Adios Olympic break.
The days of waking up early to watch hockey games or setting the DVR are over. So are the days of catching up on projects put on hold by the National Hockey League’s six-month schedule.
Bathroom renovation? Check.
Quality time with the family? Check.
Subsequently driving family nuts with all my free time? CHECK!
Thankfully for many (including my loved ones), focus shifts back to the NHL season and the stretch run for the Phoenix Coyotes.
It begins Thursday night in Winnipeg, when the team gets back on the ice for the first of 24 games that will determine whether or not they qualify for the post-season. Currently, the Coyotes sit in ninth place in the Western Conference standings. They are tied with eighth-place Dallas with 64 points, but the Stars win the tiebreaker because they have one more ROW.
The break itself came at the perfect time for a number of reasons, not the least of which for the team’s five players representing various countries at the Games in Sochi. Those experiences should have positive effects as well.
Goaltender Mike Smith made the Canadian Olympic roster and experienced the Games and its stage as the team’s third netminder. And even though he didn’t see any game action, he practiced regularly against some of the best players in the world. That means he saw plenty of pucks in practice, allowing him to stay sharp and ready to go once the NHL season cranks up again. Smith and the rest of the Olympic goaltenders should have an edge over their idle counterparts who might have turned to a warm, sunny beach during the break. Their biggest challenge could be overcoming the jet lag created by travelling across 11 time zones.
The same could be said for the other Coyotes Olympians who experienced hockey on the world stage. Oliver Ekman-Larsson returns home with a silver medal from Team Sweden, runner-up to the Canadians for Olympic gold. OEL is another player who returns richer from his experience in battling through an international tournament gauntlet before ending up in the championship game.
Forward Lauri Korpikoski heads back to the Valley with bronze medal and a two-week stint in which he rediscovered his offense and played his usual solid game on the defensive side of the puck. Could the “Korpedo” provide additional secondary scoring for the team down the stretch?
Both Martin Hanzal and Zybynek Michalek failed to medal for Team Czech Republic, but will bank their Olympic experiences as another opportunity to compete against top-flight competition. Both are top-end players in the team’s lineup who will benefit from their experiences playing against some of the top talent in the world.
As for those players who enjoyed the 18-day break from games, none of them figure to benefit as much as Shane Doan. The captain came down with Rocky Mountain Spotted Fever in early December and missed several weeks while recuperating and gaining back his strength. The Olympic break afforded him a chance to rest and recharge and be as close to 100 percent since the illness. Prior to leaving the lineup, Doan had been off to one of his best starts, scoring 11 goals and tallying 20 points over an 18-game stretch. Playing “OK” has never been acceptable to Doan. So it should be interesting to watch his progression as the Coyotes enter the stretch run.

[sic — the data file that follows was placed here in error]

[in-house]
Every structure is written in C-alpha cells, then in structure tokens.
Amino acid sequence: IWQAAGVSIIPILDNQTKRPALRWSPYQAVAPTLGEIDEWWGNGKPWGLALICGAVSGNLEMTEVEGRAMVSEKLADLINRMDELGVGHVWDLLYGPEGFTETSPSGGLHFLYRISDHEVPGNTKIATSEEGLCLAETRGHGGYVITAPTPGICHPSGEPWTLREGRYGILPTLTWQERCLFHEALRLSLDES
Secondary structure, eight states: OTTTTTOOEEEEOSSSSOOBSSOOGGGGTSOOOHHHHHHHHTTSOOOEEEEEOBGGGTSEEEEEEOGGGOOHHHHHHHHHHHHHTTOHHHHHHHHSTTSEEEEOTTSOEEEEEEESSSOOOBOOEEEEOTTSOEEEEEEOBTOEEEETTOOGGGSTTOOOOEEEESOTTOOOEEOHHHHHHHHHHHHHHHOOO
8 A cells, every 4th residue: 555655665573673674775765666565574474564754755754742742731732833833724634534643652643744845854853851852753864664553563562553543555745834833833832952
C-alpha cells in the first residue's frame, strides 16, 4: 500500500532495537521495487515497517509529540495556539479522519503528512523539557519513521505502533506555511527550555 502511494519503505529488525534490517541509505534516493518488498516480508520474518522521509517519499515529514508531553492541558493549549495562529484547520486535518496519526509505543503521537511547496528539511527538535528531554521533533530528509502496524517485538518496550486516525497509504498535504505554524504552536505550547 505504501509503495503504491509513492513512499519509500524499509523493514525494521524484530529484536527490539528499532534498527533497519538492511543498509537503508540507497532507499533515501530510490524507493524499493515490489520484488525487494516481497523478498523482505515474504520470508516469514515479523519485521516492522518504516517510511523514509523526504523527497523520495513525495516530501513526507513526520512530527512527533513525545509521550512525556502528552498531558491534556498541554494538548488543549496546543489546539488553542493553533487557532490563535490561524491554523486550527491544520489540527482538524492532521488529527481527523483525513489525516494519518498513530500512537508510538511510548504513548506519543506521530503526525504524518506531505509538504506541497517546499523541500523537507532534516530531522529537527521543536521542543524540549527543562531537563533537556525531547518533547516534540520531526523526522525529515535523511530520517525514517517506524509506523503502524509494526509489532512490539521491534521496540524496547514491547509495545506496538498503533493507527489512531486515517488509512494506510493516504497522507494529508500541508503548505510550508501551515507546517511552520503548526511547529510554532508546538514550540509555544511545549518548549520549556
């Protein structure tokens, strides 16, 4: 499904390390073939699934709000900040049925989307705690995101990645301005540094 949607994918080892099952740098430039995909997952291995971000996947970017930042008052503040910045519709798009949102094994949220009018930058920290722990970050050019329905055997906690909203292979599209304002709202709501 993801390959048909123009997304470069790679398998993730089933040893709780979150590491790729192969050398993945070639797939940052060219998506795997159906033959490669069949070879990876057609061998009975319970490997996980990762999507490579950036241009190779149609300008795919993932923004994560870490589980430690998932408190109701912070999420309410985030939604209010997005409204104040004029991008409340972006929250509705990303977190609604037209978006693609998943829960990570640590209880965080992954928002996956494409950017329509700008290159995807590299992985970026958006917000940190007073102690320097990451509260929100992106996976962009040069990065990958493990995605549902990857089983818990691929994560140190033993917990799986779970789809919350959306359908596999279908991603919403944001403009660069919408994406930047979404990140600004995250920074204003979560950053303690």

Which bring us to Head Coach Dave Tippett.
A master of lineup tweaks and in-game adjustments, one of Tippett’s challenges out of the break will be roster management. The team began its post-Olympic practices last week. And with the five Coyotes Olympians still competing in Russia, the emphasis was on conditioning and ramping up the group to pre-tournament levels. Now, as the Olympians arrive back in the Valley, his next challenge will be incorporating the Sochi quintet back into practice after allowing for a built in recovery time from travel. Flying across 11 time zones will have a definite effect on their bodies in the days ahead.
Yet if anyone can pull it off with great efficiency, it’s Tippett, who often values quality rest over practice time. It is also likely the Portland to Phoenix shuttle will be working overtime in the near future as the team shuttles in fresh bodies to help in the transition. Last week, the team recalled defensemen Brandon Gormley and Chris Summers while shipping David Rundblad to the American Hockey League on a conditioning assignment.
So while some of us recharged over the break, the Coyotes hockey brass was busy with team evaluations while drafting a plan on how to maximize their chances of reaching the post-season and minimizing the distractions of coming out of the Olympic break.
And considering their track record, there’s no reason not to believe this squad will be in a good position to play well down the stretch and (hopefully) beyond the April 13th regular-season finale.
As my television colleague Todd Walsh likes to say, “Enjoy the Ride.”
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